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Freshman rep jumps parties


Emily Wagster Pettus/The Associated Press



JACKSON -- A freshman lawmaker from the Mississippi Delta switched from Democrat to Republican on Tuesday, saying his beliefs on the budget and social issues are more in line with the GOP. 


Rep. Jason White, an attorney from the Holmes County town of West, was elected in November 2011 and took office in January 2012. He holds the seat for District 48, which includes parts of Attala, Carroll, Choctaw, Holmes, Humphreys and Leake counties. 


White said he originally ran as a Democrat because local politicians typically do so. But he said that after he got to the Capitol, he didn't fit in with the party. 


"What I found during my first year in office is that I aligned much more with the Republicans than with the Democrats. I'm a conservative. I've never hidden that fact, I don't hide it now and I didn't hide it in 2011 when I campaigned for this seat," White said during a news conference in the Capitol rotunda. He was joined by House Speaker Philip Gunn, Gov. Phil Bryant and more than two dozen other Republican elected officials. 


"The Democrats in the House weren't interested in dealing with my conservative approach and agenda," White said. "And, frankly, I'll just say this: I wasn't interested in perpetuating the agenda that the House Democrats have used and that has failed for so long for the state of Mississippi." 


Someone in the crowd let out a long, low whistle in response. 


In the November 2011 election, Republicans took control of the Mississippi House for the first time since Reconstruction. With White's switch, the GOP now holds 65 seats in the 122-member House. 


Gunn called White "a Godly man, a Christian man." 


"He has convictions and he acts on those convictions," Gunn said.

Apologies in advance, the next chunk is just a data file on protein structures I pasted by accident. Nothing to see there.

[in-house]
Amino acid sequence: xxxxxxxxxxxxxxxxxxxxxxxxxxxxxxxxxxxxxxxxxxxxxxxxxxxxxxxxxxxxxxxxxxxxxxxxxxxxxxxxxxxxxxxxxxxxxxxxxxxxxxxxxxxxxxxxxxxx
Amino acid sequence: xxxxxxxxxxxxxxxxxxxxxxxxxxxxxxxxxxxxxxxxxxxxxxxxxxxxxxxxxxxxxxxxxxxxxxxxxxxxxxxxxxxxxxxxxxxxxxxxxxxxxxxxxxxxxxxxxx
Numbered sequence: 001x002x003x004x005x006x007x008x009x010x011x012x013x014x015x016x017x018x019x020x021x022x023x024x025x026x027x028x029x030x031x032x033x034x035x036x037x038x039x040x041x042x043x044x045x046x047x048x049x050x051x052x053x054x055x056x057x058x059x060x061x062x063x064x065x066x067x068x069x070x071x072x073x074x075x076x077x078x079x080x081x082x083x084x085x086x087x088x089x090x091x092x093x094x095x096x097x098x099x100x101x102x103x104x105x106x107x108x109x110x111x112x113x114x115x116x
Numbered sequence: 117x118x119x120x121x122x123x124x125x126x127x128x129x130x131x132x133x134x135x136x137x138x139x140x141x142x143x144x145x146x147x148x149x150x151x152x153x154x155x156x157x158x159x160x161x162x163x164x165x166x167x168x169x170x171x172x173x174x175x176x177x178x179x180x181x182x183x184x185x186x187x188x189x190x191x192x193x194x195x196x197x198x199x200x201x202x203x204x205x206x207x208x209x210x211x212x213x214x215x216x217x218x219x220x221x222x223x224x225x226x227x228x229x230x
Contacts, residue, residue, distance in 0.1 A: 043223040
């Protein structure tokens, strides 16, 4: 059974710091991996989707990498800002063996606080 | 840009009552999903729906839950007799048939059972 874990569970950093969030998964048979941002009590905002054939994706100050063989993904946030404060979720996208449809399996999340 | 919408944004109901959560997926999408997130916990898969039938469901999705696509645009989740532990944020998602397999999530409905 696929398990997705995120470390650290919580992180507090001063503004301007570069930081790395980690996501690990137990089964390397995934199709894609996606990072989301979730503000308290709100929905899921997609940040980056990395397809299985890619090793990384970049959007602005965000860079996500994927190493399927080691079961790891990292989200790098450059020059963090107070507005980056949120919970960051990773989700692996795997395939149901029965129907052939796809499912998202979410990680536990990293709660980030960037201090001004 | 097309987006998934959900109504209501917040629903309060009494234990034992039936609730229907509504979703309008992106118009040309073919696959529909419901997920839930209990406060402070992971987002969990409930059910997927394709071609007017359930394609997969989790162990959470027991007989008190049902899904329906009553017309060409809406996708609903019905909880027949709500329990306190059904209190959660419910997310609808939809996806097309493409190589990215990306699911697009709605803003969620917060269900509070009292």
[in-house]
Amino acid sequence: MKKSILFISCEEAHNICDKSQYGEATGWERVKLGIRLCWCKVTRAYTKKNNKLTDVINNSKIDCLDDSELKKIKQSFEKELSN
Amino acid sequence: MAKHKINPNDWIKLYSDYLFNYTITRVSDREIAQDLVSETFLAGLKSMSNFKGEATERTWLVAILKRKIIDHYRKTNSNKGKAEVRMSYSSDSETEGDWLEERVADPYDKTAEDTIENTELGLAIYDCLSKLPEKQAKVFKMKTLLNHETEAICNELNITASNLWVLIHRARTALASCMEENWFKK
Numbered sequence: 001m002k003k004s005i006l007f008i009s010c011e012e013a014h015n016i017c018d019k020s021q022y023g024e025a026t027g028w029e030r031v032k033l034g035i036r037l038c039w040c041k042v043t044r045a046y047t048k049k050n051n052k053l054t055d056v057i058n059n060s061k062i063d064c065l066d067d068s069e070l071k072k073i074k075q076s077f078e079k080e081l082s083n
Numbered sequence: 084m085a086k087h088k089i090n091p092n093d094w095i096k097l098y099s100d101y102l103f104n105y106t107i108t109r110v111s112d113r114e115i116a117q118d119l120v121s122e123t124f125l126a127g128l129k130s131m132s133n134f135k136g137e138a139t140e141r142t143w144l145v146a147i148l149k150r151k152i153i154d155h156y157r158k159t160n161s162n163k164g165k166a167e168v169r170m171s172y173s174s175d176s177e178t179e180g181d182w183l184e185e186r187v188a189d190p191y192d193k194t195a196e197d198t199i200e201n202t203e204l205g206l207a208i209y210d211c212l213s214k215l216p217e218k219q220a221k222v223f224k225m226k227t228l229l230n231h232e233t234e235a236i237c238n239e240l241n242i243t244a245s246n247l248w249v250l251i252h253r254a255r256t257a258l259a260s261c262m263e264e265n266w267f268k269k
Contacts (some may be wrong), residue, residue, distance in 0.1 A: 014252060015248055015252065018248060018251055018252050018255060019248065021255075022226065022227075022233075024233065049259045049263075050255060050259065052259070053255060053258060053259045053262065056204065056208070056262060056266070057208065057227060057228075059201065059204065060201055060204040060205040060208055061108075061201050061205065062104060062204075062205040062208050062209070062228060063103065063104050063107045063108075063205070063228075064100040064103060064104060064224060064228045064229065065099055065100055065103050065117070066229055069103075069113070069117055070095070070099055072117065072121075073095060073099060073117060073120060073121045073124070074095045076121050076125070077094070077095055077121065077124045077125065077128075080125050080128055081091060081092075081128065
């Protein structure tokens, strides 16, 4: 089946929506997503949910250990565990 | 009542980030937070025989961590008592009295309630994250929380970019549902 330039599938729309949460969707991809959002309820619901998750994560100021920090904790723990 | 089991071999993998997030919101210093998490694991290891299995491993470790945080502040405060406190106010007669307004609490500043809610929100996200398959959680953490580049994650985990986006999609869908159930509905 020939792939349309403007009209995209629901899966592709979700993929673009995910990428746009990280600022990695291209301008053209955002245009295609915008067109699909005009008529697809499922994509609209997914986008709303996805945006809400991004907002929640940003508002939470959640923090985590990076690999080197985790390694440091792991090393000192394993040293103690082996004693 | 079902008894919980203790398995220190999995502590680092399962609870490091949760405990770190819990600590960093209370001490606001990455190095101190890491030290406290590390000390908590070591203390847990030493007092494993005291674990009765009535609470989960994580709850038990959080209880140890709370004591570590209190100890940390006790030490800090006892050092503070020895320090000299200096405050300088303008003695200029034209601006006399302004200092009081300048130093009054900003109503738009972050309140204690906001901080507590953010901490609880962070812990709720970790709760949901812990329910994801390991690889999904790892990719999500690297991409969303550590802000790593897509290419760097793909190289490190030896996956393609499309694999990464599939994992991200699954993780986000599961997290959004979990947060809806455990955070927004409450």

A few Democratic lawmakers, including Rep. Jim Evans of Jackson, stood to the side of the rotunda and watched White's news conference. Moments later, Evans said White deceived voters by running in one party and switching to another. 


"If he's conservative enough to be with that right-wing Mississippi Republican Party, then he was already a right-wing Republican and he lied to the people in November," Evans said. 


Rep. Bobby Moak of Bogue Chitto, the House Democratic leader, said he got to know White in 2011 "when he asked for help from Democrats." 


"We were happy to help because we believed he shared our values and wanted to come to Jackson to work for Mississippi's working families," Moak said. "Unfortunately, he's spent the past year in total service to Republican leadership and out-of-state corporate interests. I'm sure his constituents are just as confused by his switch as we are." 


White was elected to succeed Rep. Mary Ann Stevens of West, a conservative Democrat who had been in the House since 1981. She didn't run in 2011. 


White lives in Holmes County, which is 83 percent black, according to the 2010 Census. His current legislative district, stretching across six counties, had a 44 percent black voting age population in 2010. 


Mississippi history shows that districts with higher portions of black voters are more likely to elect Democrats, while districts with lower percentages of black voters are more likely to elect Republicans. White Democrats typically fare well in districts with black population in the low 30 percentages to low 50 percentages, while black Democrats typically are more likely to be elected in districts with higher percentages than that.  


Lawmakers redrew state House and Senate districts this year to account for population shifts in the past decade. Part of White's current district was combined with part of the current district of Democratic Rep. Bennett Malone of Carthage. The newly configured district, which will be used in 2015, has a 27.5 percent black voting age population -- an easier district for a Republican to win. 


Asked Tuesday if the new configuration of his district affected his decision to switch parties, White replied: "It did not." 





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